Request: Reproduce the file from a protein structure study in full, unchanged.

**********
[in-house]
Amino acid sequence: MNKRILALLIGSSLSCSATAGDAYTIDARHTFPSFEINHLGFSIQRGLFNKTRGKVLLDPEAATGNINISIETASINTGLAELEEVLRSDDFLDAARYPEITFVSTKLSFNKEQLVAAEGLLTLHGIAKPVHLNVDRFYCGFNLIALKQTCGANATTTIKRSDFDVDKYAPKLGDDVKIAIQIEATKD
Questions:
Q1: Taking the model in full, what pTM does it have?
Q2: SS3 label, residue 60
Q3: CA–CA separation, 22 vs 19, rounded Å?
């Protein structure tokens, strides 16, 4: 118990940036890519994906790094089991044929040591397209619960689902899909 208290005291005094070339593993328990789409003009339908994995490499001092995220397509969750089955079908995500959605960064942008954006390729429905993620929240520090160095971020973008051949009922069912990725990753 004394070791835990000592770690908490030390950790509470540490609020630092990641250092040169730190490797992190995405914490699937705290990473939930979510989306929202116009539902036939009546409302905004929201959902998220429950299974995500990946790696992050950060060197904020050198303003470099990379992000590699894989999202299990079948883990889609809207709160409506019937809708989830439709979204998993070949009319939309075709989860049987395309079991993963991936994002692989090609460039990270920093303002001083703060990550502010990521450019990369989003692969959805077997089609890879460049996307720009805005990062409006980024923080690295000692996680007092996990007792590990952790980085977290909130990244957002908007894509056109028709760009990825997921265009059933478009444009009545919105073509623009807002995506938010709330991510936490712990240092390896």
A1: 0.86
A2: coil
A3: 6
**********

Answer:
[in-house]
Amino acid sequence: MNKRILALLIGSSLSCSATAGDAYTIDARHTFPSFEINHLGFSIQRGLFNKTRGKVLLDPEAATGNINISIETASINTGLAELEEVLRSDDFLDAARYPEITFVSTKLSFNKEQLVAAEGLLTLHGIAKPVHLNVDRFYCGFNLIALKQTCGANATTTIKRSDFDVDKYAPKLGDDVKIAIQIEATKD
Questions:
Q1: Taking the model in full, what pTM does it have?
Q2: SS3 label, residue 60
Q3: CA–CA separation, 22 vs 19, rounded Å?
């Protein structure tokens, strides 16, 4: 118990940036890519994906790094089991044929040591397209619960689902899909 208290005291005094070339593993328990789409003009339908994995490499001092995220397509969750089955079908995500959605960064942008954006390729429905993620929240520090160095971020973008051949009922069912990725990753 004394070791835990000592770690908490030390950790509470540490609020630092990641250092040169730190490797992190995405914490699937705290990473939930979510989306929202116009539902036939009546409302905004929201959902998220429950299974995500990946790696992050950060060197904020050198303003470099990379992000590699894989999202299990079948883990889609809207709160409506019937809708989830439709979204998993070949009319939309075709989860049987395309079991993963991936994002692989090609460039990270920093303002001083703060990550502010990521450019990369989003692969959805077997089609890879460049996307720009805005990062409006980024923080690295000692996680007092996990007792590990952790980085977290909130990244957002908007894509056109028709760009990825997921265009059933478009444009009545919105073509623009807002995506938010709330991510936490712990240092390896």
A1: 0.86
A2: coil
A3: 6